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6:00pm on Monday, 21st June, 2010:
I was at the Facebook Developer Garage London event today. A whole bunch of Facebook high-ups were there, including Mark Zuckerberg (who gave the opening address), so a large number of European Facebook developers were present. I went along because I may have to teach this stuff, plus I keep getting consultancy gigs to do with "social media" games. Oh, and it was free, too.
Hmm. It was eerily reminiscent of some of the Internet events I went to 15 years ago.
People are having lots of ideas, but many of them are ideas that have been had before, except that whereas before they were for the Internet, this time they're for Facebook. Now although the first time round we could afford to be idealistic about things, this time round we should be able to foresee the same problems we had before and do something about it.
For example, one of the things you get when you set up a Facebook application is an easy-to-use Facebook URL of the form apps.facebook.com/yourapplication. OK, so there's my first revenue model right there: cyber-squatting. You want to launch a product called Xyzzy? Well, I guess I could be persuaded to relinquish the slot...
Facebook's excitement with its "Like" button is similarly reminiscent of all the early reputation systems we saw, and possibly just as gameable. I'm not persuaded that an enterprising web site host couldn't either send Like requests from your browser whether you liked it or not, or obscure the Like button behind something else that you might want to click on (such as a Submit button). They could certainly hold you to ransom, making you click the Like button or they won't let you leave their web page except by killing the browser process (although thankfully, such browser-hijacking is rare nowadays as the perpetrators found it to be counter-productive).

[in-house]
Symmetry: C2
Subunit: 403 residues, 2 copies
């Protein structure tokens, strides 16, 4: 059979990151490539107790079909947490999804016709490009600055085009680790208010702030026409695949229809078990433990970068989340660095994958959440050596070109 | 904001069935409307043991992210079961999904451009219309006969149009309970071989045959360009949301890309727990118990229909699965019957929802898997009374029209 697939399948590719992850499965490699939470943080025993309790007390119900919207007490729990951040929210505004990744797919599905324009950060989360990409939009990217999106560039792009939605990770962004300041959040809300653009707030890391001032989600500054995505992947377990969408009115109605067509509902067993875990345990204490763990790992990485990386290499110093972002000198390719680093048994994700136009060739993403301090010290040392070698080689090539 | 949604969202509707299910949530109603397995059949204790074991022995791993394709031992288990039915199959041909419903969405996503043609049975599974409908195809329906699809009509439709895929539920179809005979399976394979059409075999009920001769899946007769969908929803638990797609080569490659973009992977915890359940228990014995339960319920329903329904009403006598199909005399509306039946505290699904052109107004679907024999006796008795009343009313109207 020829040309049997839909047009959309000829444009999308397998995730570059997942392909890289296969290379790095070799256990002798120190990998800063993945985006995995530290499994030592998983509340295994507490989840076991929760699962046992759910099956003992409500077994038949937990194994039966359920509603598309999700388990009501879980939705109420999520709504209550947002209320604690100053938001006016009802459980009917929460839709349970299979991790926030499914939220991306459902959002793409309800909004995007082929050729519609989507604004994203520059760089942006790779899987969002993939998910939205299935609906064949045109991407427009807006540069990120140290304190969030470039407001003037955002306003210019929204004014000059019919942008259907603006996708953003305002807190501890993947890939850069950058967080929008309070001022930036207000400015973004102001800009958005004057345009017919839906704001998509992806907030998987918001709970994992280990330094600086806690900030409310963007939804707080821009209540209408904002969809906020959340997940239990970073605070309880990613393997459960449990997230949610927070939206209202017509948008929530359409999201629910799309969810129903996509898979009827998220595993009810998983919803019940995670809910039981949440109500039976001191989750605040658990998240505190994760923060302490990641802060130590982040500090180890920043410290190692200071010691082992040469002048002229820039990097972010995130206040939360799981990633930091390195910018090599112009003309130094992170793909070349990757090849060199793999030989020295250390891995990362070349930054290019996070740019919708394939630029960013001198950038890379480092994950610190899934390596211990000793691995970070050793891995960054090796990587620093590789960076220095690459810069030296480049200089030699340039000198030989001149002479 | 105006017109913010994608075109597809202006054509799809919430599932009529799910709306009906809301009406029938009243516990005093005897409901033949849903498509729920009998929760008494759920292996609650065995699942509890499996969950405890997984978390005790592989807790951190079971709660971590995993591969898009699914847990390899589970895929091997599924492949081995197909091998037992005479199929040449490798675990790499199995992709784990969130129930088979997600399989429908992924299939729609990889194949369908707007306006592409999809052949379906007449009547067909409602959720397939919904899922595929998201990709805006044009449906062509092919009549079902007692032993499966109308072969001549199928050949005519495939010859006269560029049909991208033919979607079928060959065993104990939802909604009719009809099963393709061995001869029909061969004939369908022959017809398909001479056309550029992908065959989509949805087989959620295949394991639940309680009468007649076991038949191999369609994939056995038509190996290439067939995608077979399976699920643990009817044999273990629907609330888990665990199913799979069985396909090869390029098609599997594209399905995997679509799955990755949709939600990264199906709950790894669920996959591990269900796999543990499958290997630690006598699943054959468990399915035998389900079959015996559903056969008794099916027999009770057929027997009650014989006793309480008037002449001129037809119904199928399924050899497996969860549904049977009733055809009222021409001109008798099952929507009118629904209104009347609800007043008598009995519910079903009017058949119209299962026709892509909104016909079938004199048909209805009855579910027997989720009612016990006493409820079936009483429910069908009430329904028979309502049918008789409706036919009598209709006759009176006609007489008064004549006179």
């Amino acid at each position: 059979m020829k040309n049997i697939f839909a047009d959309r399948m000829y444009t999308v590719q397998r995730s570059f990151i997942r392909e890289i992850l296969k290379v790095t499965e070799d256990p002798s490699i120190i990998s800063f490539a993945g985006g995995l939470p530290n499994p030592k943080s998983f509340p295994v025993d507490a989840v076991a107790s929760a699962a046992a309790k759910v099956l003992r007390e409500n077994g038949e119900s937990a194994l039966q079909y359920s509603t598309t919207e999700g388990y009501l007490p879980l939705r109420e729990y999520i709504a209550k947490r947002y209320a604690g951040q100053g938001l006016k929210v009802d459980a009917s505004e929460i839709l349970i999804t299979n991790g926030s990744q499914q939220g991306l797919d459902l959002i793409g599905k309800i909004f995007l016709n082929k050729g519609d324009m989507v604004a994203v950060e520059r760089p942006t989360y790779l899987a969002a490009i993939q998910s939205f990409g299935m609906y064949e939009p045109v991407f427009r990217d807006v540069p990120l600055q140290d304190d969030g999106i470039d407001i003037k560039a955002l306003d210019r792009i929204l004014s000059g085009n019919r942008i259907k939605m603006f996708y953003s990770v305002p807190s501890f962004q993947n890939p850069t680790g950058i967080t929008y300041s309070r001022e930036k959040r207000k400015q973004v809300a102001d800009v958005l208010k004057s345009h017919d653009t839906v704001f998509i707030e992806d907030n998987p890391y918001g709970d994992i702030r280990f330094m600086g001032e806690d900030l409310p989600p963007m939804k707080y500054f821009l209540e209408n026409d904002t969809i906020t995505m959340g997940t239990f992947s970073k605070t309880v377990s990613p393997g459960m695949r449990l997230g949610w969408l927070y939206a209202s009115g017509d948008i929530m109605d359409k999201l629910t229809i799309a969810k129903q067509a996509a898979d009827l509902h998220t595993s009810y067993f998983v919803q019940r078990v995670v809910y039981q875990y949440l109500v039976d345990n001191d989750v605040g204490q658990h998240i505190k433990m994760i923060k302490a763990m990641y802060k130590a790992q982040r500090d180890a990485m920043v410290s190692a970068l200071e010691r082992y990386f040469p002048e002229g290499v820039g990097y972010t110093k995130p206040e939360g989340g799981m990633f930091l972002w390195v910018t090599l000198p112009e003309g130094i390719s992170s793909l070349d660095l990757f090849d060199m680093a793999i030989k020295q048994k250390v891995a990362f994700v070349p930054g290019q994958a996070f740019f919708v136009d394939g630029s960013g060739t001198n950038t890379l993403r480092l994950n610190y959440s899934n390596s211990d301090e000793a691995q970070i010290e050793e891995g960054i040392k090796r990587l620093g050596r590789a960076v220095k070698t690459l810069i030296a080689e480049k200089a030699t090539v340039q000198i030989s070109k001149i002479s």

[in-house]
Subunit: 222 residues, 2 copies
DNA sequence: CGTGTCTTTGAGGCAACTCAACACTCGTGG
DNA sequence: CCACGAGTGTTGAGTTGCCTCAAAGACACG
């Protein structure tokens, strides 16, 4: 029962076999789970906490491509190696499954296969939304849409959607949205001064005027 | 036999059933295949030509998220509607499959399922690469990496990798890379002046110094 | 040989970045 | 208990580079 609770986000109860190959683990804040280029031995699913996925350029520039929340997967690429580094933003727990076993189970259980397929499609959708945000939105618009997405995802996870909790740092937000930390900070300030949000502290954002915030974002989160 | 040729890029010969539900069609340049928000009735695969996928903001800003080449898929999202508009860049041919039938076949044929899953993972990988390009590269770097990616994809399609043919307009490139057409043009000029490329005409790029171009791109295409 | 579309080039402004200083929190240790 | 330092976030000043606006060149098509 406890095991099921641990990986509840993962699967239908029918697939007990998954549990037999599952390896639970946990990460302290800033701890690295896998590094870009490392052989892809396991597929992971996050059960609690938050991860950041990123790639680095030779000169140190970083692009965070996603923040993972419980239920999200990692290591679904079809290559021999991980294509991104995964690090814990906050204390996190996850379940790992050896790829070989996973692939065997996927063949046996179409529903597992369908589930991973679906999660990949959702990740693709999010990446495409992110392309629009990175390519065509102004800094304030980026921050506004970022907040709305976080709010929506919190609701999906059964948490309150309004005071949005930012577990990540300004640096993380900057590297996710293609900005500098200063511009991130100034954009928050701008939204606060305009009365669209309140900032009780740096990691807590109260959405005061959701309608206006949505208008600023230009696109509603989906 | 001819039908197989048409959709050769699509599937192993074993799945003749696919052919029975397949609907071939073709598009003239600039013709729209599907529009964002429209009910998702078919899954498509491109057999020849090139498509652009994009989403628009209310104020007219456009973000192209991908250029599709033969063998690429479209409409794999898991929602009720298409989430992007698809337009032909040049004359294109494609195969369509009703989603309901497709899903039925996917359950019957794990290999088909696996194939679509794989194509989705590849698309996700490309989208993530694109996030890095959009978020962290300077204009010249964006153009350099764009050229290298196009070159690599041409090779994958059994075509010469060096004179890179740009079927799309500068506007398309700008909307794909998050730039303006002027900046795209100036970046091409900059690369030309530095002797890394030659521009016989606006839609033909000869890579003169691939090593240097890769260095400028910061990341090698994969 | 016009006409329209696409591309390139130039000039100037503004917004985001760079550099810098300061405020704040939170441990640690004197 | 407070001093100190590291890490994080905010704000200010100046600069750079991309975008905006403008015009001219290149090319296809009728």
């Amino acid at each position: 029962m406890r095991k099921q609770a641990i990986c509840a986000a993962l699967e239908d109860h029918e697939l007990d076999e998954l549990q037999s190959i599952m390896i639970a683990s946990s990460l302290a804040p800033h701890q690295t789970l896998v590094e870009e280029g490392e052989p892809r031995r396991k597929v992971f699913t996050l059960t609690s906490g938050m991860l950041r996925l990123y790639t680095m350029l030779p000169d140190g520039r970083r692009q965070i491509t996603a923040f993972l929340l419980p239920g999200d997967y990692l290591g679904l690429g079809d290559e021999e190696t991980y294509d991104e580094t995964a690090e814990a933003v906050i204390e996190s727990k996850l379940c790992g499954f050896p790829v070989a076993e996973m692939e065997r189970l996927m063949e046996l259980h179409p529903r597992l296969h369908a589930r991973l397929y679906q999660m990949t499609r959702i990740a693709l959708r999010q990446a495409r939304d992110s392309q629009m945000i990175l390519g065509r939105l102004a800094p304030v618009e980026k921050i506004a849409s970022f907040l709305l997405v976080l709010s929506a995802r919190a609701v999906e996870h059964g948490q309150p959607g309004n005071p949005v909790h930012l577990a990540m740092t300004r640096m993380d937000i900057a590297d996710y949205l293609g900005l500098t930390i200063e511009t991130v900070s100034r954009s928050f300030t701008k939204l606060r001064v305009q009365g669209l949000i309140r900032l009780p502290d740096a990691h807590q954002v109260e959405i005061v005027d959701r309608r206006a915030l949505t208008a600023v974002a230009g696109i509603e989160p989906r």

There are new Facebook developments in meta-data, too, for use with the Facebook Graph system. The idea here is that web sites can tag their content so it's correctly stored in users' Facebook profile information. For example, news sites will say they're news sites so that when you Like a story on them it won't last in your feed forever; movie sites will tag their movie pages so that when you say you like them, they hang around in the Movie category indefinitely. Oh yes, and spam sites will lure you into clicking Like for something mildly amusing, but will have loaded their meta-data tags with advertisement data that will be forever in your Facebook profile unless you set your dogs on it.
Following this Internet-within-an-Internet theme, we could eventually see a Facebook-within-Facebook. The high-ups who were presenting kept talking about what their friends liked and what their friends might want to see, but they studiously avoided the fundamental problem Facebook has with friends: those people you tag as friends aren't actually all your friends. Some are, but others are business acquaintances, family, players of random games, people you met at parties, former schoolmates you want to snoop on and oops-I-clicked-accept cases of mistaken identity. Personally, I really want to be able to partition my friends into groups that I myself can create and name, and give them access only to friends in those same groups. Facebook, for some unfathomable reason, can't or won't do that; an app, however, could. If people switched to using the app, with Facebook acting as little more than a server, then we'd have gone full circle.
Still, there's plenty of opportunity to make pots of money here. Just think of something the Internet did first time round, then do it again except for Facebook.
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